This staple for rabbits should form around 75 to 80 percent of your pet’s diet. A high-fiber plant material, hay provides enough roughage to promote a rabbit’s digestive health and grind down his teeth that never stops growing.
Provide your fur baby with a continuous supply of hay, preferably Timothy Hay, which is the best type for buns. You can also feed him orchard, brome, or oat hay for variety. But you can stick with Timothy Hay if he loves it.
Alfalfa Hay is high in protein and calcium, making it more suitable for baby buns (less than 7 months old) who needs larger portions of these nutrients. Don’t feed your adult bun Alfalfa Hay daily, as this could lead to obesity and possible development of kidney stones.
Buns over 3 months old can start eating veggies, which provide additional vitamins and fiber. Introduce the veggies slowly and one at a time while watching for potential allergies. When offering leafy greens, choose the darker ones, which are healthier for your fur baby.
Fruits add variety to your bun’s meals. However, consider these as treats and offer them sparingly. The high sugar content of most fruits isn’t good for rabbits and can lead to a host of health issues. Also, beware of fruits that contain seeds or pits, such as apples and pears. Be sure to remove the pits and seeds as they have small amounts of cyanide which is toxic to rabbits. Like veggies, offer each fruit one at a time and give only a tiny amount.
The amount of pellets rabbits need varies with age. Young buns need pellets because this food contains concentrated nutrients essential for developing bunnies. But as rabbits mature, they’ll require fewer pellets.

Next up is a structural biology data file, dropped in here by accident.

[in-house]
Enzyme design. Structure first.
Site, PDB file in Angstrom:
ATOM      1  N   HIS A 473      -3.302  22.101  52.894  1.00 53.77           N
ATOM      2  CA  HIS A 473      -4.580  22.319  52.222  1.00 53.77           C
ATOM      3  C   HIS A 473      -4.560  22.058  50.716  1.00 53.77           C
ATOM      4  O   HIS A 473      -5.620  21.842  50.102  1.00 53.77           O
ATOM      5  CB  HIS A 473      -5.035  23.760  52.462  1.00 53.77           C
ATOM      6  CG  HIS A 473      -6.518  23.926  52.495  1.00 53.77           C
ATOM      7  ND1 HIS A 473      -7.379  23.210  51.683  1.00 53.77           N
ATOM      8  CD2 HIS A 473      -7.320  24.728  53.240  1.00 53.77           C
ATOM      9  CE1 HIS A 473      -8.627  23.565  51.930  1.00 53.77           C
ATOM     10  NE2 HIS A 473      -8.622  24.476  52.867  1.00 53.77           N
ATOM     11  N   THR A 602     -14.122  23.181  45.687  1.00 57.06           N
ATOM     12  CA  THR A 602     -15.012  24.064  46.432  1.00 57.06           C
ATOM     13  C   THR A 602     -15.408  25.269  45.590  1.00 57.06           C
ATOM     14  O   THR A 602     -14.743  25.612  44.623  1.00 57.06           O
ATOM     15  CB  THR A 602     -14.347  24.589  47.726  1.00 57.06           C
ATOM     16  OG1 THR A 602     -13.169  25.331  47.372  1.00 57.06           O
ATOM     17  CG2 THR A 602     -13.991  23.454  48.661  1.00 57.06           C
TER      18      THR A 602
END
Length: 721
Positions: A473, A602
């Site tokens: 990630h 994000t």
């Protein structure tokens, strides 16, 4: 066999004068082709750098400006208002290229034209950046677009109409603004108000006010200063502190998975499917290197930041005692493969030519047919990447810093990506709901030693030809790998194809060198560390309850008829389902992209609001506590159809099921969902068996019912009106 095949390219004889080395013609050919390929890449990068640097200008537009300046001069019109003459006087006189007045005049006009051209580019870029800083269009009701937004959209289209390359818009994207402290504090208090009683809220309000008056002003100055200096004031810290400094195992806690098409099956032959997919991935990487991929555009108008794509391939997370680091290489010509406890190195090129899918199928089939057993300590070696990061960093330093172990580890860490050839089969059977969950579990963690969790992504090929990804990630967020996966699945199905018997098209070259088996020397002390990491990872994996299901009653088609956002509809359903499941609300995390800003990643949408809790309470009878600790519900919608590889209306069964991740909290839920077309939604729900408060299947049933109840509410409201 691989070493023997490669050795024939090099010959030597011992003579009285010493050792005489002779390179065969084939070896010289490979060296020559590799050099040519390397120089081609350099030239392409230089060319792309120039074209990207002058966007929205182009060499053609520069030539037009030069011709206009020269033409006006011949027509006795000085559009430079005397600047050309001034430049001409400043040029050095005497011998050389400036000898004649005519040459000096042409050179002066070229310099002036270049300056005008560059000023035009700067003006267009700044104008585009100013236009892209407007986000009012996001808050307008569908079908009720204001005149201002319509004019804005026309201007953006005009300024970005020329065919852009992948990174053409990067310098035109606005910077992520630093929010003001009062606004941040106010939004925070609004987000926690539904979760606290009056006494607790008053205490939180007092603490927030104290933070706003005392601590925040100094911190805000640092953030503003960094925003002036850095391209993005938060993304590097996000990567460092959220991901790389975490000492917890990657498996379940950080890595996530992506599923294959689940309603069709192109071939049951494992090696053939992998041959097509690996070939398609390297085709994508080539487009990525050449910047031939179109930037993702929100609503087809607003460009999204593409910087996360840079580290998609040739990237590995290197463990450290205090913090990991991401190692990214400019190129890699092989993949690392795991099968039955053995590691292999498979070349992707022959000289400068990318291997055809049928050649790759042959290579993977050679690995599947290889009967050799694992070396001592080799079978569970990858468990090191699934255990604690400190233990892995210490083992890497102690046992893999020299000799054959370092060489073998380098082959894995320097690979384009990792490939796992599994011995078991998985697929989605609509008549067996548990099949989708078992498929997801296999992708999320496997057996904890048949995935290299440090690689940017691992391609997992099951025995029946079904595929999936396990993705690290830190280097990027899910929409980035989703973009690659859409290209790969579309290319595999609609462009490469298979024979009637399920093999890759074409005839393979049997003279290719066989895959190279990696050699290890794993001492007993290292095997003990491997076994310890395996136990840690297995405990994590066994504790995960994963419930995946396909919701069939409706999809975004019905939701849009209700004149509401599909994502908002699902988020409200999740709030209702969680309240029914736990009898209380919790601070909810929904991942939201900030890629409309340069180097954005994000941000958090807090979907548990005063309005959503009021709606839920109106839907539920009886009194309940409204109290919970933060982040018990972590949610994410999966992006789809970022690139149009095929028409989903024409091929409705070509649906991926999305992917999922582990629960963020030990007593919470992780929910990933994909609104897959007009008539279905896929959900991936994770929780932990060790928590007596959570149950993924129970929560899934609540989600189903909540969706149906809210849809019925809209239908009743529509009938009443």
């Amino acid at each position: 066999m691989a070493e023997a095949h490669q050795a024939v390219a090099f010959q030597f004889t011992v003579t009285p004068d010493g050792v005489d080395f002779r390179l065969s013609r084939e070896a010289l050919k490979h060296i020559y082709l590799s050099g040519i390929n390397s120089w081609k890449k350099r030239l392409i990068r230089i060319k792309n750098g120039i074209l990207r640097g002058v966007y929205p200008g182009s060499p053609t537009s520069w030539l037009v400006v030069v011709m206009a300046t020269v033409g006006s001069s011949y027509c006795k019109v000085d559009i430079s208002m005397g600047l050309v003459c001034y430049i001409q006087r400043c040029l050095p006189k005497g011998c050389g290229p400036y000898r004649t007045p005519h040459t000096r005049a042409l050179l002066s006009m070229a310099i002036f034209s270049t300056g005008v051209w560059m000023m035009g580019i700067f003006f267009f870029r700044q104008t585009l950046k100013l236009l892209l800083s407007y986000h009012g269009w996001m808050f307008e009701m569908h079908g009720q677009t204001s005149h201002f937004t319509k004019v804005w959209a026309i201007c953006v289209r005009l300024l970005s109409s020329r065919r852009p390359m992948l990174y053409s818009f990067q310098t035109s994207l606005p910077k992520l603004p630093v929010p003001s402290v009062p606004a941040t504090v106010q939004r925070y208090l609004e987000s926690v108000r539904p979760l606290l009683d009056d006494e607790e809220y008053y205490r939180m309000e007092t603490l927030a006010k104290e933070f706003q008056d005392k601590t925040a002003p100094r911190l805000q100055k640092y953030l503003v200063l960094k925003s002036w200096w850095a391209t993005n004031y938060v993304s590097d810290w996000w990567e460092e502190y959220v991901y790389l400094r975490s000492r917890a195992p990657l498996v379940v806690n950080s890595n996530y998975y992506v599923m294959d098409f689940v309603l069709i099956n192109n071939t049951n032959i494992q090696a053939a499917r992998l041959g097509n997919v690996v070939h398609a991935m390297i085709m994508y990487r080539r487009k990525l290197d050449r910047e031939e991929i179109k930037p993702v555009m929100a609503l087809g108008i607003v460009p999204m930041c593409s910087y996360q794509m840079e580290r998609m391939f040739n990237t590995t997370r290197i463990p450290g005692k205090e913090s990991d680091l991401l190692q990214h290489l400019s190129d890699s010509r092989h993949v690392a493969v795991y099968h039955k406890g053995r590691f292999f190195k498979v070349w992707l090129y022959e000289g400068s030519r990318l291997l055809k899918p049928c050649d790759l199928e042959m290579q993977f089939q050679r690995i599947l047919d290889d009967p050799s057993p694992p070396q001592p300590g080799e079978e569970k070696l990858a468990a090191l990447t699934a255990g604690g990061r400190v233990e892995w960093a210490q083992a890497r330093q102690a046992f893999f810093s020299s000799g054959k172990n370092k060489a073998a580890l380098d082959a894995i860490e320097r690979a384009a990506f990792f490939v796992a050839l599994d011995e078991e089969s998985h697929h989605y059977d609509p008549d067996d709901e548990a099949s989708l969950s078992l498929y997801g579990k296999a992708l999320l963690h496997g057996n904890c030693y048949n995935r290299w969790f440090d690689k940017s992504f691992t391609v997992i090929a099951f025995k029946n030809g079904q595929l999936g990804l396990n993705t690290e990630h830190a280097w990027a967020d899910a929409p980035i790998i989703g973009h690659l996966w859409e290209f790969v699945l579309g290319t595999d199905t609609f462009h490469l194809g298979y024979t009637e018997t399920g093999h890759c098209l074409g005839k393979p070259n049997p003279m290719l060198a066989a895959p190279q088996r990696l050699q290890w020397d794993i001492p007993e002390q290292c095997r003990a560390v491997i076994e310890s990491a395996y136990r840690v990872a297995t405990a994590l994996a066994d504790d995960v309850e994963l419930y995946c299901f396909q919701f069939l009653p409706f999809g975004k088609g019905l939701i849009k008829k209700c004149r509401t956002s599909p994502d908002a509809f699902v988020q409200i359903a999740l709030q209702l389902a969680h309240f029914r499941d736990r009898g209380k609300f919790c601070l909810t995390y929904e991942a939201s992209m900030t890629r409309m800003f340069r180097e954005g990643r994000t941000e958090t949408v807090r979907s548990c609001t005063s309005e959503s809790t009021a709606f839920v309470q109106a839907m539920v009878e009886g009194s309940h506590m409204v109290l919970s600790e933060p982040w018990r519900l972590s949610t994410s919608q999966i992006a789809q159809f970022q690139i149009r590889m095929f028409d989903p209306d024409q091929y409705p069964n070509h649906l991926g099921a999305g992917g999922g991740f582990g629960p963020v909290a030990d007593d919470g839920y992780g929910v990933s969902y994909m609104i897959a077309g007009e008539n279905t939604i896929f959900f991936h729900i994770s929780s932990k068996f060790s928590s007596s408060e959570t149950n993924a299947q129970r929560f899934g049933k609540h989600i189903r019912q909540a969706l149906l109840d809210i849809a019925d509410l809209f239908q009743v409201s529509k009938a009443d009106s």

Health Issues Due to Improper Diet
Rabbits have sensitive digestions. They have very specific dietary needs, and feeding them the wrong type of food poses risks to their health. Some common health issues that may arise from eating the wrong foods are the following.
Gastrointestinal (GI) Issues
A diet that contains too much protein or carbohydrates can cause loose stools in rabbits. Eating the wrong food can also alter the microflora in the gut. This can lead to GI stasis, a potentially fatal disease.
We mentioned that rabbits’ teeth grow continuously and need to be worn down by gnawing on fibrous plant materials. Lack of fiber in their diet may result in overgrown teeth. The overly long teeth could also develop sharp edges that can cut a bun’s cheek or tongue.
Without a doubt, rabbits are herbivores. They may sneak in a bite of meaty treats, but that doesn’t mean they’re equipped to digest those types of food. To keep your fur baby in good health, feed him only plant-based food and make sure he gets what he needs in the right amounts.
More About Diet
- Complete Guide to the Best Hay For Rabbits: Reviews & More
- What Can You Feed Wild Rabbits: A Comprehensive Guide
- Can Rabbits Have Cabbage? What You Need to Know!
- Is Oat Hay Good for Rabbits? Complete Guide to the Best Hay
- Can Rabbits Eat Asparagus? 11 Things You Need to Know!